PHP Tricks: Multi-value match()

in PHP8 months ago (edited)

Last time, I talked about fun uses of the match() expression in PHP, using unconventional types of expressions on the right-arm branch. This time, I want to expand that discussion to include fun tricks on the left-side of the =>, and how you can easily match by multiple values at the same time.

I'm going to assume you have read the previous installment about how match() works and what an "expression" means. Also, I don't claim to be the original source of these tricks. I'm just documenting them because they're cool. Let's dive in.

Array matching

A match() statement will do a strict equality === comparison on its parameter expression and each arm's comparison expression. While most commonly those expressions will be an enum or a string, they can be any PHP value.

Two PHP arrays are strictly equal if they have strictly equal values for each key, and the keys are in the same order. That means by carefully constructing arrays, we can compare multiple values at the same time much the same way as the spaceship operator (<=>).

Consider this example. In this case, we want to know if one user is allowed to "friend" another within a certain group. In particular, if they're both in the same group then they may do so. If only one of them is in the specified group, then they can but the user being friended has to give permission first. If neither of them are in the group, then they're not allowed to be friends. (Sounds like high school all over again...)

enum FriendPermission
{
    case Allow;
    case Deny;
    case WithApproval;
}

function mayFriend(User $u1, User $u2, Group $group): FriendPermission
{
    return match ([$u1->inGroup($group), $u2->inGroup($group)]) {
        [true, true] => FriendPermission::Allow,
        [true, false] => FriendPermission::WithApproval,
        [false, true] => FriendPermission::WithApproval,
        [false, false] => FriendPermission::Deny,
    };
}

In this case, the two inGroup() method calls will evaluate first, giving a match value that is an array of two booleans. Two booleans have four possible combinations, so we can match that 2-element array against the four possibilities. In this case the second and third have the same result, so they could be combined into a single arm if desired.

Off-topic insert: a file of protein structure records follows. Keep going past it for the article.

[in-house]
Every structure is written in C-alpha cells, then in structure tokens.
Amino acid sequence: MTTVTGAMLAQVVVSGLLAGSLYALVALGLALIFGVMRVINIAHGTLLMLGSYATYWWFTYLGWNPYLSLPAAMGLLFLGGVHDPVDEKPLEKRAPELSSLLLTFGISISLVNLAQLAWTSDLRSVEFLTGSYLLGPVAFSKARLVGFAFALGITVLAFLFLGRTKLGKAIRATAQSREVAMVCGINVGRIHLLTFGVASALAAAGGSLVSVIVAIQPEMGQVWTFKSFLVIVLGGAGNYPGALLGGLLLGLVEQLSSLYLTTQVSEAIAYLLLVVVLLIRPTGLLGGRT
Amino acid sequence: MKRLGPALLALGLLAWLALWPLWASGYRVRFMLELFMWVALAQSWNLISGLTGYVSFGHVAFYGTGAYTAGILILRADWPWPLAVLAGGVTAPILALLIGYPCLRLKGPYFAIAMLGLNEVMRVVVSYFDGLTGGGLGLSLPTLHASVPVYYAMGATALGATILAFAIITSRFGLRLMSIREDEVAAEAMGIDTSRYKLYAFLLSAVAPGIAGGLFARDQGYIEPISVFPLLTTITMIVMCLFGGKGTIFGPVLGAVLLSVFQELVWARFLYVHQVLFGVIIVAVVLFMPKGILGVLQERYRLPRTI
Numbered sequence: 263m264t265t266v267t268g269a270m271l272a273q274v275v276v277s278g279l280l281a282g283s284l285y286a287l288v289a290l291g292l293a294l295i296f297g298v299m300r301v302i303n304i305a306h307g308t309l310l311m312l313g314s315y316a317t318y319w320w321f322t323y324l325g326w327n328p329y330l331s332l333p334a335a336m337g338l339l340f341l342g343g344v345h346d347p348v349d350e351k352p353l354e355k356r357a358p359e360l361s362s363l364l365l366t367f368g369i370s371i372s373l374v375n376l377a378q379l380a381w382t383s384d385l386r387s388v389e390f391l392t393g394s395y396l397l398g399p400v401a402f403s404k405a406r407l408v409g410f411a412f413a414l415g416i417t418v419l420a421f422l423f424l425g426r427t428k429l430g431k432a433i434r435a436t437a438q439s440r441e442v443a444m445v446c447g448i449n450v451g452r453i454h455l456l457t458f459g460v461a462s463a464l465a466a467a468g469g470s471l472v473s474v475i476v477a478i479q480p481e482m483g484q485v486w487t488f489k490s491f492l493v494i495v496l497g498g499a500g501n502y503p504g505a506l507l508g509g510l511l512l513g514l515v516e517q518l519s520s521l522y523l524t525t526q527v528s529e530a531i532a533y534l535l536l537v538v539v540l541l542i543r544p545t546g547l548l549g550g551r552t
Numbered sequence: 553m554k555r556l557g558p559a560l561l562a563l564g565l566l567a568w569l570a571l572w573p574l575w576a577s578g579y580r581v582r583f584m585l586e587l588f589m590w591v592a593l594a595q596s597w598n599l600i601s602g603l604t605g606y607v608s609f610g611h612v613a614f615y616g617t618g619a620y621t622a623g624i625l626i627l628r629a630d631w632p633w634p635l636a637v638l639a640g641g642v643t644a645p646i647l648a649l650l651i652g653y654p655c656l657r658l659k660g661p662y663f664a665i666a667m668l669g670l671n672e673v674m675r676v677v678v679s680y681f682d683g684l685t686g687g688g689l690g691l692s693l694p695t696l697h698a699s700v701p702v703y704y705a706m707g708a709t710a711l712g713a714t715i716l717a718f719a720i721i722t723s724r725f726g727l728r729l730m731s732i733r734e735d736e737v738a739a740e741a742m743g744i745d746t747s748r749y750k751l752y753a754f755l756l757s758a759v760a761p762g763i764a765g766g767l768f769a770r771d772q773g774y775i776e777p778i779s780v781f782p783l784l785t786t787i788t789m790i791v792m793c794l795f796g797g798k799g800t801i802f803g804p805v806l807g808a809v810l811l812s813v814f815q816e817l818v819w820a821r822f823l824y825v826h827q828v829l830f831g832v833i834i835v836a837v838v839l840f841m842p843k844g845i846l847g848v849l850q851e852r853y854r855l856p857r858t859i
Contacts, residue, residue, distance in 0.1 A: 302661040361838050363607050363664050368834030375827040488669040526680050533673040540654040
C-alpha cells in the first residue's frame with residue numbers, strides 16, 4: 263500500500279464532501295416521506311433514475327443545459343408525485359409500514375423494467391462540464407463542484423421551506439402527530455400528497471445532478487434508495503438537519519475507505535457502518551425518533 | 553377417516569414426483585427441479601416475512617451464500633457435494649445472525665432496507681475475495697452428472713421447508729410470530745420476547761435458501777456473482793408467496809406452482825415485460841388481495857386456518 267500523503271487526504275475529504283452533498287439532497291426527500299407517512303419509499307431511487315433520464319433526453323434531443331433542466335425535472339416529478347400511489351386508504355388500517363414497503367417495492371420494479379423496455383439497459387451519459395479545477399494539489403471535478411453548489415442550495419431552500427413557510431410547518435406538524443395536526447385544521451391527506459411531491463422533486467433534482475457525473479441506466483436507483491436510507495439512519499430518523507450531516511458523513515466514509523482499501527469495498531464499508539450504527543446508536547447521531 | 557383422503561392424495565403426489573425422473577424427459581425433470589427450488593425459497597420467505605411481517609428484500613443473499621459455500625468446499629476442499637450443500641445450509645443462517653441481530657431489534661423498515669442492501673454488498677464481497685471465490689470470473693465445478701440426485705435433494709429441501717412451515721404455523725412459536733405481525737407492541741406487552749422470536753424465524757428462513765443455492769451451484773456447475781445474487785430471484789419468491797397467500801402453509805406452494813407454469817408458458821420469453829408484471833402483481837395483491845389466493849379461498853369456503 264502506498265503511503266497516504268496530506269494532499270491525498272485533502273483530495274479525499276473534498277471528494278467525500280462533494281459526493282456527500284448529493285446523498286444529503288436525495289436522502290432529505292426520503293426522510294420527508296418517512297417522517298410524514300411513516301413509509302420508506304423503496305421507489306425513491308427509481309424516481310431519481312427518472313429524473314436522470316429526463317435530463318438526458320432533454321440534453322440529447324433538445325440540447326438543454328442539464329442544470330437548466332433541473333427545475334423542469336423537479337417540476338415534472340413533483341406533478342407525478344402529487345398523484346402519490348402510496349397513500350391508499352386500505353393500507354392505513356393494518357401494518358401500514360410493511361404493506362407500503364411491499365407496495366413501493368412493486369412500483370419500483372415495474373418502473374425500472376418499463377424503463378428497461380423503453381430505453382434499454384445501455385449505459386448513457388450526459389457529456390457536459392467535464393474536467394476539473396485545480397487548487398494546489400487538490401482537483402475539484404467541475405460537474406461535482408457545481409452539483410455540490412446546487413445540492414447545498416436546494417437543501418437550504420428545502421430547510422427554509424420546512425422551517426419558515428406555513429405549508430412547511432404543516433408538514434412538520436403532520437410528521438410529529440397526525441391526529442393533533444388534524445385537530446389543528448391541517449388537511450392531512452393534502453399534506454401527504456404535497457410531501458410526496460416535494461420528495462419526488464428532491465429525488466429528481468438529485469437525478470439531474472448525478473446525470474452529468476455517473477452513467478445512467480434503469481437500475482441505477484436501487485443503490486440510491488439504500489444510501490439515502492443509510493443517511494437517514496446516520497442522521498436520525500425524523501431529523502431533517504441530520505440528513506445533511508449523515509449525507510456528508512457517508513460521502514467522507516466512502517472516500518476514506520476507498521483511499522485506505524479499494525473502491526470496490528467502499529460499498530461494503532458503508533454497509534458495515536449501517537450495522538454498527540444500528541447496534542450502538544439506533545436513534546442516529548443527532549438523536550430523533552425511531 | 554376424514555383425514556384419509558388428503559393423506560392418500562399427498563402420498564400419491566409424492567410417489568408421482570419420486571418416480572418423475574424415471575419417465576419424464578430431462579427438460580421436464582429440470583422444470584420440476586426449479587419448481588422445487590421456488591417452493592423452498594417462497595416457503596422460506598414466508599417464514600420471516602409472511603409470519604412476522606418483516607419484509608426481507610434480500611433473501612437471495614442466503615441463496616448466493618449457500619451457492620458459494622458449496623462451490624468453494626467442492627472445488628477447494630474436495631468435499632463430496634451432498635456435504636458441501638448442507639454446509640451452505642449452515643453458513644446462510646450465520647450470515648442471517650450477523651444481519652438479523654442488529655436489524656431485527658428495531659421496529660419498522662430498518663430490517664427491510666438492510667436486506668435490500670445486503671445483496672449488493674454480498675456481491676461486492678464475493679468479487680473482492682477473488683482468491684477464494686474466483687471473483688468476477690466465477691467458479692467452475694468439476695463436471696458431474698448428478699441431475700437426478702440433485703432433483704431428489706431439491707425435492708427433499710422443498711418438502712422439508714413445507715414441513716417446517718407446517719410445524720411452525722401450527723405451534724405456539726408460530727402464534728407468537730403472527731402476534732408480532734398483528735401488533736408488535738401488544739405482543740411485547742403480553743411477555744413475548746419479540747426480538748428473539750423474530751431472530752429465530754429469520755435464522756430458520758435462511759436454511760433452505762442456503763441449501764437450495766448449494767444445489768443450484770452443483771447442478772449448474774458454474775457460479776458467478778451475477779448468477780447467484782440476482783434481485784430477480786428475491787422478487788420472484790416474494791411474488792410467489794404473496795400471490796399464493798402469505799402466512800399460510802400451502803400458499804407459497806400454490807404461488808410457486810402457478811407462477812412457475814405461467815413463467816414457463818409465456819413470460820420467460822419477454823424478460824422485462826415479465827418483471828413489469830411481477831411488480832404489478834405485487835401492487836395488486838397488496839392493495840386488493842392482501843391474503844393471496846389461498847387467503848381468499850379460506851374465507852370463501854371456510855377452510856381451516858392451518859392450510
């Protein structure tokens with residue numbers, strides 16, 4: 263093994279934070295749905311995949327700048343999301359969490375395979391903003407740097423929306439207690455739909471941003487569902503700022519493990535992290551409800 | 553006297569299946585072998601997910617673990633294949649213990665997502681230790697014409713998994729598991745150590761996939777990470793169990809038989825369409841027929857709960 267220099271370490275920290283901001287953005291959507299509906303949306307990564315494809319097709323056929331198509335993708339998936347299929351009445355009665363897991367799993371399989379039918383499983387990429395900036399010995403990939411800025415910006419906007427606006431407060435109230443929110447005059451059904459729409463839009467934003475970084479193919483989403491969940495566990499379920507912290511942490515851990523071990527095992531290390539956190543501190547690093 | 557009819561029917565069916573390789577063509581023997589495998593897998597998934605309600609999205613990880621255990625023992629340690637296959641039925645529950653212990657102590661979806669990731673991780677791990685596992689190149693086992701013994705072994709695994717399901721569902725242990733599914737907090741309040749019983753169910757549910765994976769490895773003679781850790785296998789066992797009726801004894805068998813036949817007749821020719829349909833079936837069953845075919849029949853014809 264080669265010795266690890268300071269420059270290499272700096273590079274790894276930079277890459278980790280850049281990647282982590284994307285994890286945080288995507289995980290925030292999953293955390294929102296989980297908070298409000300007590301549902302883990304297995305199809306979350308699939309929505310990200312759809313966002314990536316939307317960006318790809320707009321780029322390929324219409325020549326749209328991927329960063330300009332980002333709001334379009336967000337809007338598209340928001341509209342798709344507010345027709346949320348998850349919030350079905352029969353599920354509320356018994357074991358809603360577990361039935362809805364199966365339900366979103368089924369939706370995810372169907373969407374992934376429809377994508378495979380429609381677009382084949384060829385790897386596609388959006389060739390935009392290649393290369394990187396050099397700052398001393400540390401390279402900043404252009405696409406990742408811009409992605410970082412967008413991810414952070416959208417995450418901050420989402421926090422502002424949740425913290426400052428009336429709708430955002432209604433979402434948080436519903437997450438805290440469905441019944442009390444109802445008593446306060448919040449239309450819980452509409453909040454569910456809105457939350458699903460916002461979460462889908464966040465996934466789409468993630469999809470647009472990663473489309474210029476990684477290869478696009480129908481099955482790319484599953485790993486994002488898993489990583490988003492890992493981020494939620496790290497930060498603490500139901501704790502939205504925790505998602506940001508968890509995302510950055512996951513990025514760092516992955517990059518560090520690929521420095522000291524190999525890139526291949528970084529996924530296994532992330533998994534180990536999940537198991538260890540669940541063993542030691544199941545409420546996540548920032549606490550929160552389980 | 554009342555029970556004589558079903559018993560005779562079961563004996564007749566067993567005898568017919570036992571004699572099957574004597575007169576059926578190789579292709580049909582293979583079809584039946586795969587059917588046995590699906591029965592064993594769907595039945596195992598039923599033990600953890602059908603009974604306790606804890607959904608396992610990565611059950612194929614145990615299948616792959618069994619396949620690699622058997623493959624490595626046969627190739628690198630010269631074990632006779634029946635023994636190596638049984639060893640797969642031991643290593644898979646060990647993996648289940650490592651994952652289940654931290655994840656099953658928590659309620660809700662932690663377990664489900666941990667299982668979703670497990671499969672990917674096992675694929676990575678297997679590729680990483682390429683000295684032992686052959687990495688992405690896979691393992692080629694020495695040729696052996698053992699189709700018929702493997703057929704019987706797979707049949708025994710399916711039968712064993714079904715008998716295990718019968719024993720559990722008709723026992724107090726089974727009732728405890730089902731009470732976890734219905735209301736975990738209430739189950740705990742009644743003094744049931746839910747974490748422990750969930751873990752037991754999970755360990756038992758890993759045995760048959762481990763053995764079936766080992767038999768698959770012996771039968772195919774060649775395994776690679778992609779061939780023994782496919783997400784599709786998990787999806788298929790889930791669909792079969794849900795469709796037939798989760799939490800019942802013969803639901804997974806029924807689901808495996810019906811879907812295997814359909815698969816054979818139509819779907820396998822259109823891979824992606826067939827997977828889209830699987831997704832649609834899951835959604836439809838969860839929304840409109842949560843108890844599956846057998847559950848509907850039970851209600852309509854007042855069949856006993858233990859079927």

This logic could certainly be implemented without match(), using a series of probably nested if-else statements. But using a match() effectively gives us a visual lookup table of what the logic is we intend. We can tell at-a-glance what the code will do.

The same concept can be applied to arrays with more than two values, too, as well as array parts that are not boolean. However, this approach works best with low-cardinality options, or cases where most combinations fall through to a common default result. Booleans, enums, and get_class() results are good candidates to use with a multi-element match().

Evaluating to an array

Here's a different use of arrays with match() that is borrowed from my own AttributeUtils library:

function classElementInheritanceTree(\ReflectionProperty|\ReflectionMethod|\ReflectionClassConstant $subject): iterable
{
    $subjectName = $subject->getName();

    [$hasMethod, $getMethod] = match(get_class($subject)) {
        \ReflectionProperty::class => ['hasProperty', 'getProperty'],
        \ReflectionMethod::class => ['hasMethod', 'getMethod'],
        \ReflectionClassConstant::class => ['hasConstant', 'getReflectionConstant'],
    };

    foreach ($this->classAncestors($subject->getDeclaringClass()->name) as $class) {
        $rClass = new \ReflectionClass($class);
        if ($rClass->$hasMethod($subjectName)) {
            yield $rClass->$getMethod($subjectName);
        }
    }
}

There's some distracting context here, but the basic point is that PHP's reflection library is ridiculously inconsistent and badly typed, leading to weird type signatures like this. :-) This function takes a reflection object of some kind and applies the same logic to it regardless of which type it is. However, that logic varies only in the methods that need to be called on another reflection object. We could simply branch to three separate functions, but then those functions would be identical aside for just those method name strings. That seems sloppy.

Instead, match() evaluates to an array of method names, depending on which type of reflection object we're using. We then use PHP's array unpacking capability to split that array back out into individual variables, which can be used as method names in the second block.

More match() magic

There's likely other cool tricks that can be done with match() to make it even more powerful. Ideally, we can get pattern matching into future versions of PHP that will expand its capability even more.

That said, it isn't always the best solution. if-else is not going away. The goal should always be the most readable and maintainable code. Sometimes that is a traditional if-else approach. But often times match() can replace it with a cleaner, easier to read, and even easier to write alternative.

It's always good to have multiple options in your tool kit.

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That's some cool tricks there, I am a php developer too, nice to meet you😊

Welcome to the party, pal. :-) Go ahead and start posting your own PHP content here. It's lonely with just me writing things.

Thanks pal,I will be sure to post php contents here regularly. Thanks for having me.

Love programing
Am still learning and improving day by day